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Nest Learning Thermostat learns user habits and programs itself

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October 26, 2011

The Nest Learning Thermostat is capable of self-programming itself via its user's habits, ...

The Nest Learning Thermostat is capable of self-programming itself via its user's habits, activity sensors and Internet-gathered weather information

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While programmable thermostats are nothing uncommon these days, many users adjust the temperature manually utilizing the thermostat's basic feature only. On the other hand, it's certainly difficult to develop an appropriate program corresponding to the volatility of daily life. Designed by a team led by ex-Apple engineer Tony Fadell, the Nest Learning Thermostat offers a new take on automatic temperature adjustment. Featuring a simple knob-based design, the unit is capable of self-programming itself via a combination of its user's habits, activity sensors and Internet-gathered weather information, thus increasing energy savings without much effort on the user's part.

Heating costs are usually 50 percent of an average household's energy bill. A properly programmed thermostat, however, can cut energy costs by 20 percent, Silicon Valley-based startup Nest indicates. Still, according to a 2011 study by researchers at the Lawrence Berkeley National Laboratory and University of California, 90 percent of thermostat users do not program their thermostats at all, sticking to the manual operation only.

It reportedly takes seven days for the Nest Learning Thermostat to come up with an initial personalized schedule for the user and bring noticeable energy savings. After installing the unit on the wall, users are required to answer a few questions about their household. The only thing that needs to be done in terms of operation, is setting the temperature reasonably by turning the brushed steel ring. A timer indicates how long it will take to reach the desired temperature.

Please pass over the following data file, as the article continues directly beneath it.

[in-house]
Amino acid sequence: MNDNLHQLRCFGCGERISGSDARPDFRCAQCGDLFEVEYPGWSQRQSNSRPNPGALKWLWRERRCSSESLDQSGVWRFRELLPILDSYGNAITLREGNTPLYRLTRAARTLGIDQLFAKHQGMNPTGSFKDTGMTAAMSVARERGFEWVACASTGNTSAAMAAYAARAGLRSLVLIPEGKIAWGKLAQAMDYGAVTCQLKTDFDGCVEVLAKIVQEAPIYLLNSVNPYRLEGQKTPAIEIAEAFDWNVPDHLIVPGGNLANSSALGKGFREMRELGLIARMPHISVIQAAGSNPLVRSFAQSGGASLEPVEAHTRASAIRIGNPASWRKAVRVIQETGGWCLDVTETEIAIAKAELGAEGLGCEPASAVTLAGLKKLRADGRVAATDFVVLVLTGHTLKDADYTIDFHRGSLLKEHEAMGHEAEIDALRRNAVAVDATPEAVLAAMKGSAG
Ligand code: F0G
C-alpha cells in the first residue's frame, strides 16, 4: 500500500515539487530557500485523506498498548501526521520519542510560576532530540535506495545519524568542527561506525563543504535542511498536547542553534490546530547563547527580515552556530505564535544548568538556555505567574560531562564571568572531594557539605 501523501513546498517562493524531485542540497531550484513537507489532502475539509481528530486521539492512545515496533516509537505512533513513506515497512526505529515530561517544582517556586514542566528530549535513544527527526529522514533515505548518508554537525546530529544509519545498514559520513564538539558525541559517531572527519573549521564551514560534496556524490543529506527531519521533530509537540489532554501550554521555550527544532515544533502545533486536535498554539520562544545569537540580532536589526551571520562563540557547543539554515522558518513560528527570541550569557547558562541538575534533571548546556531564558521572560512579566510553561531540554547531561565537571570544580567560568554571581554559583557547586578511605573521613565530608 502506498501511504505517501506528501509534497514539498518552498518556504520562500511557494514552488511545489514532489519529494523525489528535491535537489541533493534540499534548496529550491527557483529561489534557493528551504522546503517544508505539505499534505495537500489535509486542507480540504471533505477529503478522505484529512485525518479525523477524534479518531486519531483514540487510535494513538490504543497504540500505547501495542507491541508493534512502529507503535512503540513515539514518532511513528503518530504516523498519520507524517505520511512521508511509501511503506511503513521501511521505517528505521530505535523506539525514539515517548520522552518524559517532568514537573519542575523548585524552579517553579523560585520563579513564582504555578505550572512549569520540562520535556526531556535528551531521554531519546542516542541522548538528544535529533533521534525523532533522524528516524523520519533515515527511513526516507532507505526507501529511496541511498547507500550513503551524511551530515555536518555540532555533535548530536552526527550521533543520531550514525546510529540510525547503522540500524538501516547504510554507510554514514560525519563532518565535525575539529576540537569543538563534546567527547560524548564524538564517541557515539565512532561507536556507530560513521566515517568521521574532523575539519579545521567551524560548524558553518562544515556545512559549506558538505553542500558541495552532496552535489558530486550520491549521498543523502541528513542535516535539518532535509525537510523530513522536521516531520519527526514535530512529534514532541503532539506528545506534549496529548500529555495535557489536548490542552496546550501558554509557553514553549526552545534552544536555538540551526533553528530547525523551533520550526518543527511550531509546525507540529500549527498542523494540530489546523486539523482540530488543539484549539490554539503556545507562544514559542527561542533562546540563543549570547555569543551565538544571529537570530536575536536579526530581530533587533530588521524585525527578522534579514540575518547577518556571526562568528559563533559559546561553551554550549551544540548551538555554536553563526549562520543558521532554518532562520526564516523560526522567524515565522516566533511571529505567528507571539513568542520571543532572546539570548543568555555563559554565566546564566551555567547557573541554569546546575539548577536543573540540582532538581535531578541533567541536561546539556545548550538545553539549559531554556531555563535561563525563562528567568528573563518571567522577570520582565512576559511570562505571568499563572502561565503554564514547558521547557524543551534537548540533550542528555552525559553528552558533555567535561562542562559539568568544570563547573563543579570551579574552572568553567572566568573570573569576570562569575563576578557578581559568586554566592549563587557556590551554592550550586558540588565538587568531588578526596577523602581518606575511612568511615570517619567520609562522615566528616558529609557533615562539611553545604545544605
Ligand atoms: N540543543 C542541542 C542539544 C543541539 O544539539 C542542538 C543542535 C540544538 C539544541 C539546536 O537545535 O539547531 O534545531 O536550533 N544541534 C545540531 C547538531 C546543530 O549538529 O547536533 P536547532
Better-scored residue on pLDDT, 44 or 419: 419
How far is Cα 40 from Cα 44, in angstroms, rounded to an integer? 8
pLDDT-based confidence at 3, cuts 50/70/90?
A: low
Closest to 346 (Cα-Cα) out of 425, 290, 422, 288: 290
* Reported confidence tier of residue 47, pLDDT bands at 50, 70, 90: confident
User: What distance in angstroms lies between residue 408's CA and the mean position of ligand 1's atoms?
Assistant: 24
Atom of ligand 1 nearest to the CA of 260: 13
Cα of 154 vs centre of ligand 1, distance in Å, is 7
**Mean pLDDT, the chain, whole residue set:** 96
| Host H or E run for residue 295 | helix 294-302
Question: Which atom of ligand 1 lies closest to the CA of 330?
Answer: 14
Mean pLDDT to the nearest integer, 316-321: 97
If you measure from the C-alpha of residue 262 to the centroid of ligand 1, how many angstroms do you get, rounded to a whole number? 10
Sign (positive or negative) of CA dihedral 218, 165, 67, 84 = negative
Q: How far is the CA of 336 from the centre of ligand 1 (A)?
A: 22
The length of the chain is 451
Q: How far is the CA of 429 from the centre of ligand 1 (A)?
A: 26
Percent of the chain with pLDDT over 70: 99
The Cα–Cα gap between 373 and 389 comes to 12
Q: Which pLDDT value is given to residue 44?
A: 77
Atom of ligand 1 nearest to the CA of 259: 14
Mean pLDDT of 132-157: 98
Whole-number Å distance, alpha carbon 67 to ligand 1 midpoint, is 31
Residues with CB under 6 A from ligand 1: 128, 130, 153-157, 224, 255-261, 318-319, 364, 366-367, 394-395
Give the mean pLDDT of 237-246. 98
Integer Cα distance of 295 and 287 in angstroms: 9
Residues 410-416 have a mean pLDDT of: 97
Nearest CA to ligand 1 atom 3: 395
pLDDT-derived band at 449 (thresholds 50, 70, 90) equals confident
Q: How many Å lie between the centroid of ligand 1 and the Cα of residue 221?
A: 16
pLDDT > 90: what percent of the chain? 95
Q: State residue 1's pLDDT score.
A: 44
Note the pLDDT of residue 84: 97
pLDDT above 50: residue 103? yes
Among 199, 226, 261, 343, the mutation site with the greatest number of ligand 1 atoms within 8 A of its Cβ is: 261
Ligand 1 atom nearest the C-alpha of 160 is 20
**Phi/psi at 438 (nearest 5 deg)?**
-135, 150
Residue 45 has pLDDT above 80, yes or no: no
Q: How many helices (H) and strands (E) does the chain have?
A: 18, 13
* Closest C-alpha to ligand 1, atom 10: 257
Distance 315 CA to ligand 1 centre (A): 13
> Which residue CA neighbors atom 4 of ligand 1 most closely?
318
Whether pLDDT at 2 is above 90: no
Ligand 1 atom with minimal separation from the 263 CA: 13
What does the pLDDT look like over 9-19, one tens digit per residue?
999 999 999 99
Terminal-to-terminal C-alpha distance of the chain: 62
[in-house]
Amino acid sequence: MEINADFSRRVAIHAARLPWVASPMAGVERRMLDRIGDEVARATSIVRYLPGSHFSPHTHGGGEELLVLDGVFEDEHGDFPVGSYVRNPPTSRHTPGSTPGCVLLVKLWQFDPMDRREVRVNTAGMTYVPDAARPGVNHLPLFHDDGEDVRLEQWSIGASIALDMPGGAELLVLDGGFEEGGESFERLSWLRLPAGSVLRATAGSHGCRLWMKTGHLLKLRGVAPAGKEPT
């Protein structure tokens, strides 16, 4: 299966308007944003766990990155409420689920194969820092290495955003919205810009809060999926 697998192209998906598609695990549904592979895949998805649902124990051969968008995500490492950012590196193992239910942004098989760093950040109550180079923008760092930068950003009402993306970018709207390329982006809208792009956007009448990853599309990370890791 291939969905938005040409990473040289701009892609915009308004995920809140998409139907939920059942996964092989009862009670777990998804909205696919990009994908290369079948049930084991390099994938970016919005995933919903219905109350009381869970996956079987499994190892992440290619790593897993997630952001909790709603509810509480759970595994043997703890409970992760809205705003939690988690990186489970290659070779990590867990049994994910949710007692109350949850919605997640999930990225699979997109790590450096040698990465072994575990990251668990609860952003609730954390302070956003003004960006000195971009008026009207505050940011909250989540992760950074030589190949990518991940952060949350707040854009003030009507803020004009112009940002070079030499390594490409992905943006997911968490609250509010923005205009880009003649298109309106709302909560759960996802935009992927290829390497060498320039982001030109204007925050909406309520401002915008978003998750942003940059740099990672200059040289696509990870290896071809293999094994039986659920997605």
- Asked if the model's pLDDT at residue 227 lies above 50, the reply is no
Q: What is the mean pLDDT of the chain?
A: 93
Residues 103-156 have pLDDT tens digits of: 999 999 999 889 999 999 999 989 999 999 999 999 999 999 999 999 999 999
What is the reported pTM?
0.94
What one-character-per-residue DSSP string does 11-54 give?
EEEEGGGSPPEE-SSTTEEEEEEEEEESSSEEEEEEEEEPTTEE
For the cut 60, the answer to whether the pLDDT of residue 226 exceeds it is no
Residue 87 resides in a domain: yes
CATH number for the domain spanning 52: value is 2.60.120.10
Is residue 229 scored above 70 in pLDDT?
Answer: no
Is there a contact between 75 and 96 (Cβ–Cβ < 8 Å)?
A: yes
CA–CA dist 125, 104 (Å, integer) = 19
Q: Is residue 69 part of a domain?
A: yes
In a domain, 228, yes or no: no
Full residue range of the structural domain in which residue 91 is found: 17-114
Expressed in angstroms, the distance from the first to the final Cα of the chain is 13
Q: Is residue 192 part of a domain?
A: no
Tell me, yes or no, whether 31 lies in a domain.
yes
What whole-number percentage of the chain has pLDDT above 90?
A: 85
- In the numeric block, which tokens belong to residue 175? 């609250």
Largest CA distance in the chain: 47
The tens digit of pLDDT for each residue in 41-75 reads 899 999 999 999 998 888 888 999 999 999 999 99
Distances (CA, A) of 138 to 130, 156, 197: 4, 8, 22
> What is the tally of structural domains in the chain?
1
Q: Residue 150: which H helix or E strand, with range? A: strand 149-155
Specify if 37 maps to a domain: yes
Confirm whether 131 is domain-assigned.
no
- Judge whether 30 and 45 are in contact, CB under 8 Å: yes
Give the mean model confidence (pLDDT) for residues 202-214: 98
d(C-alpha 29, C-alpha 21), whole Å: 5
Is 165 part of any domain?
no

Utilizing 150-degree activity sensors, the Auto-Away feature adjusts the temperature depending on whether someone is at home or not, while a WiFi connection takes the current weather and forecasts into account. A "Nest leaf" icon on the display indicates when the energy is being saved and after some time, the energy spending history becomes available.

The Nest is optimized for ease of use - operation is done via the knob, with the unit's front surface acting as a button. A proximity sensor automatically brightens the screen when the user approaches. Provided the device is connected to WiFi, settings can also be managed online, or via the Nest Mobile smartphone app for iOS and Android.

The Nest Learning Thermostat comes with three separate temperature sensors, AES-128, SSL/TLS, WEP and WPA/WPA2 encryption support for security, and the capability to pair multiple Nest thermostats, for simultaneously managing the temperature in multiple locations. Powered by a rechargeable lithium-ion battery, the unit displays its data via a 320 x 320-pixel 1.75-inch display with 24 bit color.

The Nest Learning Thermostat will be available by mid-November, priced at US$249.

Take a look at the following video explaining the self-programming feature:

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5 Comments

But, how long will it take to repay the $249??

David Alcantaro
27th October, 2011 @ 10:55 am PDT

so why not bluetooth with a phone to have it automatically switch off when not home and turn on when it's back. Could adapt some programming to learn when people come home and have the house ready when you get home. Furthermore, I think most people just set there thermostat to a temperature and forget about it so I don't think it'll learn as well as it could. Should have some preset defaults in there.

eskenig
27th October, 2011 @ 11:02 am PDT

Super. So when I am traveling and I forget to adjust the thermostat, I can use my iPhone to adjust the temperature.

Missy Tee
11th December, 2011 @ 08:13 am PST

It does have a sensor to determine when you're not at home.

Patrick Vick
5th October, 2012 @ 08:19 pm PDT

Come on, you really need to spend $249 to do a simple task of turning it on and off by hands? I bet the same people who buy this product also buy wifi or bluetooth enable cooking range or oven in case they forgot to turn them off while vacationing. Wait, may be that's what I should do so Google can pay me 3.2 billion dollars for the brilliant idea.

yosuperyo
16th January, 2014 @ 04:08 pm PST
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